Seasonal changes—and outfit changes, too.
As children fling open their doors to run outside, the titular question comes to mind: “Do I have to wear a coat?” Laid out in a similar style to those in Isadora’s previous musing on the senses, I Hear a Pickle (and Smell, See, Touch, and Taste It, Too!) (2016), various vignettes of diverse tots explore spring, summer, fall, and winter. Each season is opened with a picture of the same pigtailed white youngster and a dog looking at a tree. As the seasons change, readers see differences to the leaves and changes to the child’s clothing. Spring brings flowers, baseball games, sidewalk chalk, and raincoats. Summer brings ice cream, fireflies, sand castles, and no coats at all! In the fall, sweaters are warm and cozy accompaniments for hayrides, jumping into leaf piles, and apple picking. Winter, the coat-iest season, brings snow angels, frosty air, steamy hot chocolate, and of course, bundles and bundles of coats! Isadora explores the seasons not only through outerwear, but also activities that are intimate and familiar to those who experience these seasons. Vignettes include racially diverse children; two kids in sports wheelchairs play tennis, and an amputee on crutches plays soccer. Children will feel each season deeply, with or without their coats!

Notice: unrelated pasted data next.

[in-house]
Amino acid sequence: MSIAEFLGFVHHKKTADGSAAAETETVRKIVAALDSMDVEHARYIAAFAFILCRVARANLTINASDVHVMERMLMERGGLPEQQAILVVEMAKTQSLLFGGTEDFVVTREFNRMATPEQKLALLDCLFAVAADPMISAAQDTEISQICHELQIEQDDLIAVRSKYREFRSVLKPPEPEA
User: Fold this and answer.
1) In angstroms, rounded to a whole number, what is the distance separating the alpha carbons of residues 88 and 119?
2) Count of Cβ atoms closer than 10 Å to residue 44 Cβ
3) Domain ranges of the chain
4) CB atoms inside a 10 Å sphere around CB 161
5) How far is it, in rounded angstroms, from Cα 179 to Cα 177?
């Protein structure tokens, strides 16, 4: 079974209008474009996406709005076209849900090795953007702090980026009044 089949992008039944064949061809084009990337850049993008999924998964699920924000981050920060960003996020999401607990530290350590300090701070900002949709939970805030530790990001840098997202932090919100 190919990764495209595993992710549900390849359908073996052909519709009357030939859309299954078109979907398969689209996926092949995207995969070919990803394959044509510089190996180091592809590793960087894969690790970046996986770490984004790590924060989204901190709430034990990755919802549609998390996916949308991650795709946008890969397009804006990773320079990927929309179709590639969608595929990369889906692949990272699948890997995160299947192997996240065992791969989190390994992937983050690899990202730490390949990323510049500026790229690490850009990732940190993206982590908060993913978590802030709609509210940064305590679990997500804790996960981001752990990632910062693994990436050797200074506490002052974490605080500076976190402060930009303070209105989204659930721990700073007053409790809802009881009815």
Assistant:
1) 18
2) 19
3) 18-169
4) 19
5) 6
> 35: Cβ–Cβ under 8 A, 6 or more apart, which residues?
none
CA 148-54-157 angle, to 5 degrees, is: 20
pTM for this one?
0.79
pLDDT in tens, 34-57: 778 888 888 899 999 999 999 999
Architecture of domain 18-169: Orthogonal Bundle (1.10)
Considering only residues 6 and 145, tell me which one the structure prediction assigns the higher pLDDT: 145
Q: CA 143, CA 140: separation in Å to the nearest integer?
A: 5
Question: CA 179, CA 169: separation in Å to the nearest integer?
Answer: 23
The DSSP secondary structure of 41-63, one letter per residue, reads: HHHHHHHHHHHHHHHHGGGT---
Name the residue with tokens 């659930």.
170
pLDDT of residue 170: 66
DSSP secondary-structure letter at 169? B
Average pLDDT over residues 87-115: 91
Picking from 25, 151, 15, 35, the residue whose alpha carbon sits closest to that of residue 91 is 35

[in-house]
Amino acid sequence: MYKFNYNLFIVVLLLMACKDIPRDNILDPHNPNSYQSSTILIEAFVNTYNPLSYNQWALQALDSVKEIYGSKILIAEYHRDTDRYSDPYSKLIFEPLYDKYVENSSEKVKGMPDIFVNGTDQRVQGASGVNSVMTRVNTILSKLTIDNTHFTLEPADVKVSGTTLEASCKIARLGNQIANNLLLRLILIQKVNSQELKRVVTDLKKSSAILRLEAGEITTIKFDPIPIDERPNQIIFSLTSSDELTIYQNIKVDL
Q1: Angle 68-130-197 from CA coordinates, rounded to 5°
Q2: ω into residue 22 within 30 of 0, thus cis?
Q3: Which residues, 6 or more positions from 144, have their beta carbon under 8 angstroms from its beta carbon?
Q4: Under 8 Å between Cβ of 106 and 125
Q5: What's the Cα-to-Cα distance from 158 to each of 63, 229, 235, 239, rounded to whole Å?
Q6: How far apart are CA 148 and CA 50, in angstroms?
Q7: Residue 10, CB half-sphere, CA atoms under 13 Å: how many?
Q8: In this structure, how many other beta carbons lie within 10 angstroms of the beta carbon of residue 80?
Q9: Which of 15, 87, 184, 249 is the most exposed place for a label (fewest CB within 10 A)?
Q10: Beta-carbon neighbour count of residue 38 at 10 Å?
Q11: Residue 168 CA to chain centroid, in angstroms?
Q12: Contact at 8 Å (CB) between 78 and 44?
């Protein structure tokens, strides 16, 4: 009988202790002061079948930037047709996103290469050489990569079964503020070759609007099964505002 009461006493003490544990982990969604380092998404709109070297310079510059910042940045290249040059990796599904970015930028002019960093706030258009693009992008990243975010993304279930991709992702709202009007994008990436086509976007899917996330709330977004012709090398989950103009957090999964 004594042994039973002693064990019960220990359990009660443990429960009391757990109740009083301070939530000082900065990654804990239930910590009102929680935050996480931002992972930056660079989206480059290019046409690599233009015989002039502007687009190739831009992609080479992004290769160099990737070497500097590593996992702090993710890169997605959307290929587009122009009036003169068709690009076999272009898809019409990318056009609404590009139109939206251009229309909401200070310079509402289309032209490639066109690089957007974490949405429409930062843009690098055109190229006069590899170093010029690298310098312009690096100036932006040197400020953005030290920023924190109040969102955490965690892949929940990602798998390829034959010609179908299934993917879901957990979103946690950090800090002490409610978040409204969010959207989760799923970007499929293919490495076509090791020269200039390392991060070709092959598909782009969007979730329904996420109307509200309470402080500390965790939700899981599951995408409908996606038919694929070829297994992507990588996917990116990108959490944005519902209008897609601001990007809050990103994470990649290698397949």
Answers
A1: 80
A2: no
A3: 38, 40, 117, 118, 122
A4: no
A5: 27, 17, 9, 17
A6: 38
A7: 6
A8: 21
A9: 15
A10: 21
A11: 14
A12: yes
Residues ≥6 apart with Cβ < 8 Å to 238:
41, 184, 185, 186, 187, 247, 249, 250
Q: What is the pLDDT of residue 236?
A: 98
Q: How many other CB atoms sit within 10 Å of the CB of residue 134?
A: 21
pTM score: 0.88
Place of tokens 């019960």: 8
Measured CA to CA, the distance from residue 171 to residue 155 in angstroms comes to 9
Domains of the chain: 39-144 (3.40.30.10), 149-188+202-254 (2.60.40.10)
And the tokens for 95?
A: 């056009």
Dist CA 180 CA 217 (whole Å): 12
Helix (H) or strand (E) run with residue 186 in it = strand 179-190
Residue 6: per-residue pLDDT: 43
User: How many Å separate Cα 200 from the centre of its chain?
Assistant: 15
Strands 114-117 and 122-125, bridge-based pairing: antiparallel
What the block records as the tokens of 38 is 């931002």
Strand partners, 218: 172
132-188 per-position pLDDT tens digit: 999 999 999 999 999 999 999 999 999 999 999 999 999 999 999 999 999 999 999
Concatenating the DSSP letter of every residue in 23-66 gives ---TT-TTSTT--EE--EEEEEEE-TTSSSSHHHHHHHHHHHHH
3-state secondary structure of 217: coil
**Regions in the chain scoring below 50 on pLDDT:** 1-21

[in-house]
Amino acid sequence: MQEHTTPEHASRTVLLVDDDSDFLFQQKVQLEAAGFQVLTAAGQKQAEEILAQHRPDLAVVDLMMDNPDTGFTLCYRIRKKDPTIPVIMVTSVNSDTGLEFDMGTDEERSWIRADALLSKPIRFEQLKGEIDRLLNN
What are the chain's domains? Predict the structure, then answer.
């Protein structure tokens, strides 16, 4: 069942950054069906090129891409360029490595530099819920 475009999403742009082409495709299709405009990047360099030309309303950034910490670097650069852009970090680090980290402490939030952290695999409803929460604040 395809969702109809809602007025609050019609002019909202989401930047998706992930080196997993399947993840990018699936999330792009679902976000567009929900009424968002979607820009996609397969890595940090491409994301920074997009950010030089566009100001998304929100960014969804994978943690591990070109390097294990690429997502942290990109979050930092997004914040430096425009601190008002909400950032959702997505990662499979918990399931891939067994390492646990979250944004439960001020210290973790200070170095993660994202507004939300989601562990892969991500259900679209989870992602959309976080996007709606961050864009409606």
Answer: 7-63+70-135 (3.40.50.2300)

A fresh perspective on a cyclical topic. (Picture book. 3-6)